There were 35,000 new news stories about the Pope in the 24 hours after his death, according to the Associated Press.
This is 10 times more than the re-election of George W. Bush.
The count includes stories at news Web sites as well as printed stories and transcripts of broadcasts found in electronic repositories such as LexisNexis. About 3,000 newspapers and 1,000 broadcasters around the world were tracked.
Clearly, it has been a good day to bury bad news. I wonder what we’ve missed today.
Update: Slate’s Eric Boehlert has some details:
From Friday morning, when word began to spread that the pope’s health was in serious decline, through midnight Sunday, the major American television outlets (both network and cable, as well as National Public Radio) mentioned “pope” 8,321 times, according to TVEyes, the digital media monitoring service. That’s roughly one papal mention every half-minute, for 72 straight hours straight. (Fox News led the pack with over 2,000 mentions of the pope since Friday.)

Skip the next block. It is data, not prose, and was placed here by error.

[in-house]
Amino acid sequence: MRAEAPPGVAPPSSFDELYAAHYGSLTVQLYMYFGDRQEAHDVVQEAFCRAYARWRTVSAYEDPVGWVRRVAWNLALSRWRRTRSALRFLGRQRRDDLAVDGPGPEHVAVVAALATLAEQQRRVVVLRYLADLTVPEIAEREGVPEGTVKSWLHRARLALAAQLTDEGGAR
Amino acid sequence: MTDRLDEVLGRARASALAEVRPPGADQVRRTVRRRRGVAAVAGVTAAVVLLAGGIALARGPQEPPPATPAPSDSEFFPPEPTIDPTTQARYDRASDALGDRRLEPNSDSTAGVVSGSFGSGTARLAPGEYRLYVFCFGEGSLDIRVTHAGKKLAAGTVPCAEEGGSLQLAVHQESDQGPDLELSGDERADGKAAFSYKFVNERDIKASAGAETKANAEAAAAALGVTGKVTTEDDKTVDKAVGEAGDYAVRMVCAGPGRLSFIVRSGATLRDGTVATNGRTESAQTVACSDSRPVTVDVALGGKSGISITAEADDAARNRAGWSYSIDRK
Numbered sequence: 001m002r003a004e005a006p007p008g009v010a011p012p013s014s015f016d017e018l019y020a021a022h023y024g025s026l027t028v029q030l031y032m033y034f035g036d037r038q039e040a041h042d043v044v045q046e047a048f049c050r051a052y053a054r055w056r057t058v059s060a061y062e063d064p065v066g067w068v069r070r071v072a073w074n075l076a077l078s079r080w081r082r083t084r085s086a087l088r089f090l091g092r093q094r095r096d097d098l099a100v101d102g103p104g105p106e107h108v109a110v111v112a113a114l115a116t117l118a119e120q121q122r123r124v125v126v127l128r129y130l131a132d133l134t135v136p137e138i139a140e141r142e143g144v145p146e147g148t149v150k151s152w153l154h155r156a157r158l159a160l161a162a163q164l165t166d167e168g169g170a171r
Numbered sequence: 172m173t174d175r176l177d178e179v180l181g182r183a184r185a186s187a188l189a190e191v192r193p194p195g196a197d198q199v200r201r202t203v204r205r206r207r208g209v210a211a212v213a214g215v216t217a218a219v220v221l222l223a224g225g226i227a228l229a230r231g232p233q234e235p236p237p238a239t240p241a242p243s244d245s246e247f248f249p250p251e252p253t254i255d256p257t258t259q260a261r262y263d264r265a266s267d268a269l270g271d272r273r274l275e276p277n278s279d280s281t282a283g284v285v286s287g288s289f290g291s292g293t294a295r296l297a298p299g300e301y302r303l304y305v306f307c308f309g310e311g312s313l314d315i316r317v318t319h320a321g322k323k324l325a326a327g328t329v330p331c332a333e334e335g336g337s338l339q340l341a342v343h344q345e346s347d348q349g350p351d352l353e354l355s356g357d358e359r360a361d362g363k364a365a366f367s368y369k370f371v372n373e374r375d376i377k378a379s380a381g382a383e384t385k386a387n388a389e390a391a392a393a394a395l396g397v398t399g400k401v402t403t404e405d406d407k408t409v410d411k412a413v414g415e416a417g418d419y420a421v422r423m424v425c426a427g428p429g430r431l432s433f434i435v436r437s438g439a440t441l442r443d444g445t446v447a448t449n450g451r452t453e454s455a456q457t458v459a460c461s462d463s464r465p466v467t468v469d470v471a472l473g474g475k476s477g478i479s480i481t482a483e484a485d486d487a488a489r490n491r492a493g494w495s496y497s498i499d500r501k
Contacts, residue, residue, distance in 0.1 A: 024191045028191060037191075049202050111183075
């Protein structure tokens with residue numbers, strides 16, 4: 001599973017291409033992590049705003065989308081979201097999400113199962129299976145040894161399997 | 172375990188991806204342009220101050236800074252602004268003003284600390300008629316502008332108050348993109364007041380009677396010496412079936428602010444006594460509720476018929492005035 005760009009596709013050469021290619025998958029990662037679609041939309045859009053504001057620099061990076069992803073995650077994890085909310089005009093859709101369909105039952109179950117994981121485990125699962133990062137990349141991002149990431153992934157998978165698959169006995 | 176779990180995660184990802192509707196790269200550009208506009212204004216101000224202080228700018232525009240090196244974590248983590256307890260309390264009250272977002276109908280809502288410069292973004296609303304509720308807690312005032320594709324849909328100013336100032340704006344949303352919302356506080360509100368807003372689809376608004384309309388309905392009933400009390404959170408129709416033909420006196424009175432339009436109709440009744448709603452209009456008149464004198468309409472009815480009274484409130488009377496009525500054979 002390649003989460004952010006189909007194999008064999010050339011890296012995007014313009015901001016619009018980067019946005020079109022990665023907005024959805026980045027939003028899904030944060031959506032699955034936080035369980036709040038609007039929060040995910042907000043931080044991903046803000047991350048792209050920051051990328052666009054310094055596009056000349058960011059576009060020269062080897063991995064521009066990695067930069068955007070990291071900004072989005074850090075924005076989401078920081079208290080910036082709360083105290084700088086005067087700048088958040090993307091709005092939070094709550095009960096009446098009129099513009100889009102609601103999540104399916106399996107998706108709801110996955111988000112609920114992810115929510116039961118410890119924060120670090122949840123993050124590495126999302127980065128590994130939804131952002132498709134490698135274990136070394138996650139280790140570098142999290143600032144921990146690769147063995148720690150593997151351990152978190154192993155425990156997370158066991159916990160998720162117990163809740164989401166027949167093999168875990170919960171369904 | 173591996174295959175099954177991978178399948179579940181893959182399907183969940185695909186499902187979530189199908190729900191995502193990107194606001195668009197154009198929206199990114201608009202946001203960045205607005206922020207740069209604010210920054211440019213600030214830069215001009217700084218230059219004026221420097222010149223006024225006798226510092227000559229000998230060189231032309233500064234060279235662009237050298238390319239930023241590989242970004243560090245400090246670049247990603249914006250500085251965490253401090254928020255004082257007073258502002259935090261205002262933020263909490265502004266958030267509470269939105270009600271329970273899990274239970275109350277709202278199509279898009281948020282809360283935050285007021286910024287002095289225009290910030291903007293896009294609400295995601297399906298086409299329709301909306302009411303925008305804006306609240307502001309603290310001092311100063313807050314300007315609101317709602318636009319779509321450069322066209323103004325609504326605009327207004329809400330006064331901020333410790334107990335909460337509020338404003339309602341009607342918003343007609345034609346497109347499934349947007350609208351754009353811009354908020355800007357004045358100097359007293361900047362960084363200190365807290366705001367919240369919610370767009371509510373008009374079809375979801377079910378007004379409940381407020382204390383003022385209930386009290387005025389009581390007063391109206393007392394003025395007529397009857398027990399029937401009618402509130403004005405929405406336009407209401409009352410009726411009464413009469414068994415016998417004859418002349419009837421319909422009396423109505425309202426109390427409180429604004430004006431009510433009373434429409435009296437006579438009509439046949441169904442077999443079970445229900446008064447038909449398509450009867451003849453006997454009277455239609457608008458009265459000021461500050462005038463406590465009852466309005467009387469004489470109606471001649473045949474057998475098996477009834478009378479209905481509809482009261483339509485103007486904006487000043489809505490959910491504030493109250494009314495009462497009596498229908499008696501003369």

Sunday’s newspapers were also bursting with Pope John Paul II coverage, with dailies like the Atlanta Journal Constitution running five stories, while the Detroit Free Press published 11, and the Baltimore Sun, 14. The New York Times upped that tally a bit, opting for 16 articles and/or columns. That’s one more than the Los Angeles Times, which likely has bragging rights to the longest pope piece; an obit than ran 7,339 words, complete with 13 photographs. Other papers, like the Chicago Tribune and Newark Star-Ledger, went even further, running more than dozen papal pieces. But it appears the winner, according to a search of Nexis electronic database, was Long Island, N.Y.’s Newsday, which on Sunday published 41 separate pope pieces.